Timeline of the Future…

hyperspace4I love to study this thing we call “the future”, and began to do so as a hobby the day I made the decision to become a sci-fi writer. And if there’s anything I’ve learned, its that the future is an intangible thing, a slippery beast we try to catch by the tail at any given moment that is constantly receding before us. And when predict it, we are saying more about the time in which we are living than anything that has yet to occur.

As William Gibson famously said: “…science fiction was always about the period in which it was written.” At every juncture in our history, what we perceive as being the future changes based on what’s going on at the time. And always, people love to bring up what has been predicted in the past and either fault or reward the authors for either “getting it right” or missing the mark.

BrightFutureThis would probably leave many people wondering what the point of it all is. Why not just wait and let the future tend to itself? Because it’s fun, that’s why! And as a science fiction writer, its an indispensable exercise. Hell, I’d argue its absolutely essential to society as a whole. As a friend of one once said, “science fiction is more of a vehicle than a genre.” The point is to make observations about society, life, history, and the rest.

And sometimes, just sometimes, predictive writers get it right. And lately, I’ve been inspired by sources like Future Timeline to take a look at the kinds of predictions I began making when I started writing and revising them. Not only have times changed and forced me to revise my own predictions, but my research into what makes humanity tick and what we’re up to has come a long way.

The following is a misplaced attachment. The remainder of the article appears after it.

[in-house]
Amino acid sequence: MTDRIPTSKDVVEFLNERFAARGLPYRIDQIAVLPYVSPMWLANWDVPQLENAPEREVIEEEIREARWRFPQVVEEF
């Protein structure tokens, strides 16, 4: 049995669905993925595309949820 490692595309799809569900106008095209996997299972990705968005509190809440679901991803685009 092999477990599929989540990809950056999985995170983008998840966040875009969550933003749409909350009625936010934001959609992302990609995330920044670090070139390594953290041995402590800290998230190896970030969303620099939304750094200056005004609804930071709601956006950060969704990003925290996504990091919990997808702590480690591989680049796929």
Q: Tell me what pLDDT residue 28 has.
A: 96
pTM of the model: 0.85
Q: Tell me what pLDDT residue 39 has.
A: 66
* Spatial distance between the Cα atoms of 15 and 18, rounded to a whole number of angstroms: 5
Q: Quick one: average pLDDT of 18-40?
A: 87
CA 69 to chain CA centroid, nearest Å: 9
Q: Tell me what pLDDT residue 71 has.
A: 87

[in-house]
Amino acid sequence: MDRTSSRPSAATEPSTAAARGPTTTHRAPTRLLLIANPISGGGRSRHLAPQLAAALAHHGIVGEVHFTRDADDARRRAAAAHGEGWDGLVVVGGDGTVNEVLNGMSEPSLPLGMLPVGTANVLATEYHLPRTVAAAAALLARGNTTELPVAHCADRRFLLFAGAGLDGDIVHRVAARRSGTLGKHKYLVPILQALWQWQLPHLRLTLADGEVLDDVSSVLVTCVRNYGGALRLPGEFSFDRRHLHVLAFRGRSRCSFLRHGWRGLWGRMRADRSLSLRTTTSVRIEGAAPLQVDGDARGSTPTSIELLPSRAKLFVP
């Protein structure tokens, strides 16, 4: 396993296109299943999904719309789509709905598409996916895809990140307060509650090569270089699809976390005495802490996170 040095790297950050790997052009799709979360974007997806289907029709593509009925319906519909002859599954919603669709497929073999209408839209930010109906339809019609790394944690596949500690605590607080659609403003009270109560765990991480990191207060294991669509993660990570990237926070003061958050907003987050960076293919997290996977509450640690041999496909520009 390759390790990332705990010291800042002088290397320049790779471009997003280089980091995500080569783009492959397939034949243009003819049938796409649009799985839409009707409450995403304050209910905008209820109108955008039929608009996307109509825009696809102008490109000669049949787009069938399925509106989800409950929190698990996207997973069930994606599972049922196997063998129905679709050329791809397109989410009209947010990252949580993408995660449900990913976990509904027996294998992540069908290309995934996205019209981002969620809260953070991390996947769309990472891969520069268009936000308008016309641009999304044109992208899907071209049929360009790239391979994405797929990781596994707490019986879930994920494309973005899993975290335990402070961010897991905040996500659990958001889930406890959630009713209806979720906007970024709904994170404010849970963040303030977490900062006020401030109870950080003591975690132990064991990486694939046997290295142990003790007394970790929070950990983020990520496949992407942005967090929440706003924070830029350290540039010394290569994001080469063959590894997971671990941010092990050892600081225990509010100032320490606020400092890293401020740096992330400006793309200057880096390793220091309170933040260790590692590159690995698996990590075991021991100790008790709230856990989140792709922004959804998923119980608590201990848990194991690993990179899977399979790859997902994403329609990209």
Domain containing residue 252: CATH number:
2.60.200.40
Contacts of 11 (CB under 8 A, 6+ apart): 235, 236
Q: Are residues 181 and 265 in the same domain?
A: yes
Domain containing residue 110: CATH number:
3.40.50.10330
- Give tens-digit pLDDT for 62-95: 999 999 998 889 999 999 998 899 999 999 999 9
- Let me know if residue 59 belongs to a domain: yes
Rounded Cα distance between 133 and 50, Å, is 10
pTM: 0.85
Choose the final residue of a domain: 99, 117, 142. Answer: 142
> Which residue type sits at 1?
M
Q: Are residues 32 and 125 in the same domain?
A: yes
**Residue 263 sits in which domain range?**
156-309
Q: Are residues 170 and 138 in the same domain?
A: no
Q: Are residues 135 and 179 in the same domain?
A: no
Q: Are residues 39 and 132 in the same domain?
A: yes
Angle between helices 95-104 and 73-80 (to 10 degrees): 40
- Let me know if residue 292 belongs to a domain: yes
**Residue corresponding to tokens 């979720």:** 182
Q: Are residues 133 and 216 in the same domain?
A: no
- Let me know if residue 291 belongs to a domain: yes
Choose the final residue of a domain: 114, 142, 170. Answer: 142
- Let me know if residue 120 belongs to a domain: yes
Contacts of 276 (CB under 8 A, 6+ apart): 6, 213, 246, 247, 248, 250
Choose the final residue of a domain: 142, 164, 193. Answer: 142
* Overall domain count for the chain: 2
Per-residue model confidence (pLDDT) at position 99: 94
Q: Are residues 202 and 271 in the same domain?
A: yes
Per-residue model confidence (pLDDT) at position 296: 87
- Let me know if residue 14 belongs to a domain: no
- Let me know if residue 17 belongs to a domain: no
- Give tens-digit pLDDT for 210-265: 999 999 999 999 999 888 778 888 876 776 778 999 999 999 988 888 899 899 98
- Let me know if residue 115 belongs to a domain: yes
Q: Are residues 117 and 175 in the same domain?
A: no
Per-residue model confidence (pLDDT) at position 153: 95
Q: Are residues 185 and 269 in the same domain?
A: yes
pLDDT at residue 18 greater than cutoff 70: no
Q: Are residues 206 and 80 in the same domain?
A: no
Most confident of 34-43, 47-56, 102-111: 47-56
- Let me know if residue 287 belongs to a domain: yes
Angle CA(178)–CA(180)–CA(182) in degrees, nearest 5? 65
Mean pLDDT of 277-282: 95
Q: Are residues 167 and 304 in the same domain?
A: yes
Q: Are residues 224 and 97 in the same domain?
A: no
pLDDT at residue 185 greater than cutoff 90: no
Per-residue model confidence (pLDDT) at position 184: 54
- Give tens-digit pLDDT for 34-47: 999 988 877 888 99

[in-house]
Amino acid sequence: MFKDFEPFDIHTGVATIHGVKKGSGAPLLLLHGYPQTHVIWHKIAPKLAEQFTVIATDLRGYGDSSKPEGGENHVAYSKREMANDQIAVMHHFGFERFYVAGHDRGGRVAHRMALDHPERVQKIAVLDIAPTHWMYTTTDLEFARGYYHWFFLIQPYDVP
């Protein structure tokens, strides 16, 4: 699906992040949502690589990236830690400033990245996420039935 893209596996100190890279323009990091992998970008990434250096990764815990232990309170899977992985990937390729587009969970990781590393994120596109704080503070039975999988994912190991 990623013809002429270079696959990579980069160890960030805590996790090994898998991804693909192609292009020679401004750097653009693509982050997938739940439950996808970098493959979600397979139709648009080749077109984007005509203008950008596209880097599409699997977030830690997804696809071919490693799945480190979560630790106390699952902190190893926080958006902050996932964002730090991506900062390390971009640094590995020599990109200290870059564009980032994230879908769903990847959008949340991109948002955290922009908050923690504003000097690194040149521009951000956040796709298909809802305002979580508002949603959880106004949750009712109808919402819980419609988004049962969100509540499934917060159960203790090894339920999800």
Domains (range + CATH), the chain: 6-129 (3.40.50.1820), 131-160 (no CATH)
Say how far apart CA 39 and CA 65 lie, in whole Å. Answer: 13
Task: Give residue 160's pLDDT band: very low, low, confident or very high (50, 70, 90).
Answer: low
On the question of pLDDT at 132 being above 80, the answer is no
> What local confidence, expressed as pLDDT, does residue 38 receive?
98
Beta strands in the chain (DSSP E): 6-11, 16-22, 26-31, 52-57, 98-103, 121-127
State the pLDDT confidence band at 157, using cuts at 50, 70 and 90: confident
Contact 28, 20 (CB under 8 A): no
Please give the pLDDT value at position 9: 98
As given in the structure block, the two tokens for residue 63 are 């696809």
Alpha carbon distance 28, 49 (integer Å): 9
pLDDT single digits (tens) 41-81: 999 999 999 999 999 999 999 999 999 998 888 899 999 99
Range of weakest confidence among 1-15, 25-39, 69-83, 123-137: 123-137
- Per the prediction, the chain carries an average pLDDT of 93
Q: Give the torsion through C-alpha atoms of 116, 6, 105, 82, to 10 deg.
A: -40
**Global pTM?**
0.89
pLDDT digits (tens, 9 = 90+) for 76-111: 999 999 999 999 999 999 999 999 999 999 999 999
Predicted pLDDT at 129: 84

So here’s my own prediction tree, looking at the next few centuries and whats likely to happen…

21st Century:


  • Ongoing recession in world economy, the United States ceases to be the greatest economic power
  • China, India, Russia and Brazil boast highest rates of growth despite continued rates of poverty
  • Oil prices spike due to disappearance of peak oil and costs of extracting tar sands
  • Solar power, wind, tidal power growing in use, slowly replacing fossil fuel and coal
  • First arcologies finished in China, Japan, Russia, India and the United States


  • Humanity begins colonizing the Moon and mounts manned mission to Mars
  • Settlements constructed using native soil and 3D printing/sintering technology
  • NASA tows asteroid to near Earth and begins studies, leading to plans for asteroid mining
  • Population grows to 9 billion, with over 6 living in major cities across the all five continents
  • Climate Change leading to extensive drought and famine, as well as coastal storms, flooding and fires
  • Cybernetics, nanotech and biotech leading to the elimination of disabilities
  • 3D Construction and Computer-Assisted Design create inexpensive housing in developing world


  • First exploratory mission to Europa mounted, discovers proof of basic life forms under the surface ice
  • Rome ordains first openly homosexual priests, an extremely controversial move that splits the church
  • First semi-sentient, Turing compatible AI’s are produced and put into service
  • Thin, transparent, flexible medical patches leading to age of “digital medicine”
  • Religious orders formed opposed to “augmentation”, “transhumanism” and androids
  • First true quantum computers roll off the assembly line


  • Creation of the worldwide quantum internet underway
  • Quantum cryptography leads to increased security, spamming and hacking begins to drop
  • Flexible, transparent smartphones, PDAs and tablets become the norm
  • Fully immersive VR environments now available for recreational, commercial and educational use